I hope Robin Williams will be remembered for his talent and not for the fact that he took his own life, or that he had been diagnosed with Parkinson’s disease. I usually avoid celebrity “news”, but having received the same diagnosis over a decade ago, I have followed both the tributes and speculation following his death.
We may never know the connection between Robin Williams' diagnosis of Parkinson’s and his decision to take his own life, but I wonder if depression was a factor.
Robin Williams was a funny guy. YouTube was inundated with searches of now historic interviews with
With such a large following, I wonder what could have triggered such a horrendous decision. Perhaps knowing he was a gifted actor and an exceptionally talented comedian, made his recent diagnosis of Parkinson’s unbearable.
He was not unfamiliar with depression, having experienced failed marriages, and addiction issues. His diagnosis of early stages of the disease was recent, and he had yet to make public his new reality.
I can only imagine that as he became more familiar with the unique progression of the disease and how it would compromise his voice - his exceptional, gifted, voice - he gave up hope. How sad.
Medical research may find a cure, and medication and treatment may manage symptoms, but how do you cope with the parallel track of depression that can leave you so vulnerable?
If you are depressed because of Parkinson’s, how do you maintain the active lifestyle so essential to the treatment of the disease? How do you emotionally adjust to the way people look at you? How do you adjust to the way you see yourself? There is a fine line between being sympathetic and feeling sorry for someone, between having compassion and feeling pity. Crossing that fine line can trigger depression.
I waited six months before I told my family that I had Parkinson’s. I wasn’t in denial. It was a conscious decision not to swallow it whole. Not to let the worst-case scenario become the norm.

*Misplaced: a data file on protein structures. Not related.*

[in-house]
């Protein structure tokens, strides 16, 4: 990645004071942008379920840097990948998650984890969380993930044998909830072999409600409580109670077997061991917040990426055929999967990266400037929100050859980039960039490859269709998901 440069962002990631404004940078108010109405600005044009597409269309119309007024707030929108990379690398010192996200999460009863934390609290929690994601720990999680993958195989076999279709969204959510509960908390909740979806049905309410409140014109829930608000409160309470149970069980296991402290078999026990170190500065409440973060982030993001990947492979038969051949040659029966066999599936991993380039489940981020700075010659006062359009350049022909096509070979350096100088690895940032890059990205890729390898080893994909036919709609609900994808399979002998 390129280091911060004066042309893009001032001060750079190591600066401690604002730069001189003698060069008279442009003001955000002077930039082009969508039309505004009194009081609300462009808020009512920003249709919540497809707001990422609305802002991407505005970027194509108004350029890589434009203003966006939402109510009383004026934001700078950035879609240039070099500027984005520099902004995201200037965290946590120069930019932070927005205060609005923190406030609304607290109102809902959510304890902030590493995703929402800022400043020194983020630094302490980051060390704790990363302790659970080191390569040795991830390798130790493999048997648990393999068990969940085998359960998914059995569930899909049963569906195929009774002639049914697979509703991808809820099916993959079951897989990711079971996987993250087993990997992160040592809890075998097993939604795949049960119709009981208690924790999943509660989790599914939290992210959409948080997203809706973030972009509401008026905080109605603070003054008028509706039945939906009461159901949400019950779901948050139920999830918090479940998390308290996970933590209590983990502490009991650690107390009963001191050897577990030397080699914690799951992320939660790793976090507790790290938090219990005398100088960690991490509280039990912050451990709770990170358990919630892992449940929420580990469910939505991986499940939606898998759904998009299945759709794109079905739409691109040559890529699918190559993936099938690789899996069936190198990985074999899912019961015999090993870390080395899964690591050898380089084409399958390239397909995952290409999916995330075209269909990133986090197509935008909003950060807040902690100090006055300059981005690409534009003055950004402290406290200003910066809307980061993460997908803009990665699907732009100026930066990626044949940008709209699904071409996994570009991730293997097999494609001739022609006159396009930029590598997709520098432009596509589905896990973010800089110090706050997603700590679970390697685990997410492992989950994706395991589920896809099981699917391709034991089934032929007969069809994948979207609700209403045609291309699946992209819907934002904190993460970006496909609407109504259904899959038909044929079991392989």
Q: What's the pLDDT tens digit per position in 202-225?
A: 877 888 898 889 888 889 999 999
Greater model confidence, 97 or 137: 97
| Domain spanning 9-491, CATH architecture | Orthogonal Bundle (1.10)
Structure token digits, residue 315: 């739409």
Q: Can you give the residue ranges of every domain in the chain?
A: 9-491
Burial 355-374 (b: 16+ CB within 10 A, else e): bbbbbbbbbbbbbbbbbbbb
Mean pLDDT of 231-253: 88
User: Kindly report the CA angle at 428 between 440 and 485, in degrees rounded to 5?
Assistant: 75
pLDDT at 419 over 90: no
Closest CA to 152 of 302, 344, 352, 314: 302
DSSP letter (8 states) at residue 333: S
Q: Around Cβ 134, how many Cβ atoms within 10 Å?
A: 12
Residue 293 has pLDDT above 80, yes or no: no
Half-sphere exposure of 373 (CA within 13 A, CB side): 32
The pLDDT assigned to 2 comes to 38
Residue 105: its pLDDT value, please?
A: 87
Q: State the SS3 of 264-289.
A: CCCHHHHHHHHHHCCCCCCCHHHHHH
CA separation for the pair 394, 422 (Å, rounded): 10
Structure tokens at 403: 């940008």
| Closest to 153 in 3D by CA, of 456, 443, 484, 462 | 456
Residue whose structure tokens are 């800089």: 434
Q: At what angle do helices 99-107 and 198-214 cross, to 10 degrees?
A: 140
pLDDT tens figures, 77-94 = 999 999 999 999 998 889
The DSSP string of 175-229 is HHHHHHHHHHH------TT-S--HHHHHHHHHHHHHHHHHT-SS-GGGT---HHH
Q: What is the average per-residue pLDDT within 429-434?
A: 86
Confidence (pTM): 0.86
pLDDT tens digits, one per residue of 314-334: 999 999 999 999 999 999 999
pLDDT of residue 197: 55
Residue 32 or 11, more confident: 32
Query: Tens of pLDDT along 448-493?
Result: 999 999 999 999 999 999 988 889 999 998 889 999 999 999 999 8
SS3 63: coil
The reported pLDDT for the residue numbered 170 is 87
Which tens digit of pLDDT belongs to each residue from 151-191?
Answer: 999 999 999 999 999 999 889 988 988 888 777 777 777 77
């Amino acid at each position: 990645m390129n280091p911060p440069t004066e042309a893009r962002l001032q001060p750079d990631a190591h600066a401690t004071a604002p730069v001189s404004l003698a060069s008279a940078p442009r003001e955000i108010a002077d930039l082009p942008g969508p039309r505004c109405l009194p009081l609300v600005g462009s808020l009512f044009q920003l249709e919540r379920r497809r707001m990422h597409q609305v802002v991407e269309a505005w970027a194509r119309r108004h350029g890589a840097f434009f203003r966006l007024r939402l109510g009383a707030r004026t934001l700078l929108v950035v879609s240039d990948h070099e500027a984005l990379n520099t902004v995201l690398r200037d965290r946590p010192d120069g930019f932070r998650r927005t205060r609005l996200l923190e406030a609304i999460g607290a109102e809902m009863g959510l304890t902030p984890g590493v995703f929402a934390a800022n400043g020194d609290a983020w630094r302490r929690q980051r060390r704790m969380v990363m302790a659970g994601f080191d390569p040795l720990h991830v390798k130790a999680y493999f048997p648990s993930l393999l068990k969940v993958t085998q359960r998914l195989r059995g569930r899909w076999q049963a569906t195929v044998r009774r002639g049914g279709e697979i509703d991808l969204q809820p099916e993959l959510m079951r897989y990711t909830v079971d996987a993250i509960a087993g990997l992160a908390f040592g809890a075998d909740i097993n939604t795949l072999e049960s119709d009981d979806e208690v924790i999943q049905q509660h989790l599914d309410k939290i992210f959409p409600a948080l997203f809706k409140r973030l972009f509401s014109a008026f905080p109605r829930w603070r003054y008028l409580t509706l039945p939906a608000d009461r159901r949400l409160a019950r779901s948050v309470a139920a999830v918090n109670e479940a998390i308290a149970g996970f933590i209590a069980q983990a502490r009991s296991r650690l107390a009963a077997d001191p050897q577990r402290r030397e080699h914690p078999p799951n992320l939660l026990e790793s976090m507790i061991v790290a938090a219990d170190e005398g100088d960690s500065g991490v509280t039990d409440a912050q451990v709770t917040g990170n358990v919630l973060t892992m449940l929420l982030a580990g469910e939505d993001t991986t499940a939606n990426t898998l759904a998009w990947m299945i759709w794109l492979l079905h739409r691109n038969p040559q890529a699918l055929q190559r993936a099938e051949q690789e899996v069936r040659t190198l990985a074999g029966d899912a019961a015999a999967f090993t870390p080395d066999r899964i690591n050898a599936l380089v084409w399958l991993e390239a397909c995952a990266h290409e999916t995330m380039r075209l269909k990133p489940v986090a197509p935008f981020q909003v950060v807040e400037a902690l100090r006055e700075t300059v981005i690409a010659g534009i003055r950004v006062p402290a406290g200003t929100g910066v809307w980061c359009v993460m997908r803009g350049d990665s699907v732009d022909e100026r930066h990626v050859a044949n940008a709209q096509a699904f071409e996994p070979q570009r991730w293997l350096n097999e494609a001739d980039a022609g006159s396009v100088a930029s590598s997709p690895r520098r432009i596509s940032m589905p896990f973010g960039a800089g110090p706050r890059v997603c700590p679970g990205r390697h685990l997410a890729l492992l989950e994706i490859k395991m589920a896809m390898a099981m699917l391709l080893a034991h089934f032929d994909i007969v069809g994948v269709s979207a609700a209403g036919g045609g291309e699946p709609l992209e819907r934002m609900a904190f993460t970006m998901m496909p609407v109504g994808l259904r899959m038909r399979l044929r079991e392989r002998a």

Robin Williams had gone public with his alcoholism, and managed to achieve sobriety. He was close to his children. So what happened once he was diagnosed? Were there any signals that went unnoticed? Did he mask his depression? Emotionally, had he fallen into quicksand, which silently claims you limb by limb, making it impossible to reach out for help?
I recently moved to Dundas, Ontario, a small community bordering on the city of Hamilton. Recently, while browsing through Amarettos, an eclectic boutique, I shared my book with Debby, an associate of the store. I wondered out loud to her, if the standard course of treatment for Parkinson’s would ever include mental health assessments. If blood tests could diagnose depression, could they go further and determine one’s capacity to cope?
She told me that while he was in Dundas filming Man of the Year, Robin Williams had been in the store. That she had met him and shared a few hugs. He was so genuine. His death was a tragedy and for her a personal loss.
Suicide wasn’t the way his life story should have ended. Unlike in the movies, this ending can’t be rewritten.